Rutting Season

The rutting season is upon us. And with it comes the battle for the strongest, best looking, biggest horned, and most agile Impala.

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Two male impala battle for their dominance – Photo by Guest Jochen Van de Perre

 

The bush is filled with ‘roars’ this time of year, but not that of the big and hairy, the roars of dominant male impala. As a male impala seeks  the attention from a female impala he emits a ‘roar’, often accompanied by a loud snorting sound. Oddly enough, the loud snorting sound is what determines the dominance of the males to the females – thus making them fit partners to breed with. During the processes of winning over the female impala, the male becomes so consumed with its natural born instinct to reproduce it slowly deteriorates in its own physical condition, forgetting to feed and groom itself. As its physical condition deteriorates during its noble cause to win over the females, more physically apt male impala make their way into the heard, pushing out the once dominate male. The chase between two male impala’s is a great spectacle, clouds of dust trail the impalas as they battle for their position amongst a heard.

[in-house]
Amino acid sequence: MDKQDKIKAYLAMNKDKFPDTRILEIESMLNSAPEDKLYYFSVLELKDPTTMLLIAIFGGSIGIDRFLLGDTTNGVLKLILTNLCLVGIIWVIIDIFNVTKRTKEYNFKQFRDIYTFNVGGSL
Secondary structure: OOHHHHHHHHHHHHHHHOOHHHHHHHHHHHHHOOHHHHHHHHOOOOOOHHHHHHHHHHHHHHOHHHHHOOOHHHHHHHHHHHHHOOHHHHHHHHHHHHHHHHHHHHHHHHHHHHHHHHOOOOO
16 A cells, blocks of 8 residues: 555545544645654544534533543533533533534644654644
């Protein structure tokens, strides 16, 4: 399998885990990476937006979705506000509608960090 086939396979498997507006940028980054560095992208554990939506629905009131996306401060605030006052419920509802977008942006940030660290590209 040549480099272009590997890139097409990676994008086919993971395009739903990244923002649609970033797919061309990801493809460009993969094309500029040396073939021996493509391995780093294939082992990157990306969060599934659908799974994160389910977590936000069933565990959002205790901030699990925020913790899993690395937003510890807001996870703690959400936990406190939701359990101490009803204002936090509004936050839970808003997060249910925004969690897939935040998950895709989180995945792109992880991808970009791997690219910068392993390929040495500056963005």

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Male impala drinks at a waterhole first, followed by the females

 

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Impala stotting

 

Nature can be cruel, but as we all know it is always a matter of the survival of the fittest. The vocal displays will persist for a few months, and the dominate males will mate – leaving bachelor herds of battered prides and battle wounds.

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Male impala showing it’s dominance by leading the herd

 

 

By Ruth Nussbaum

 



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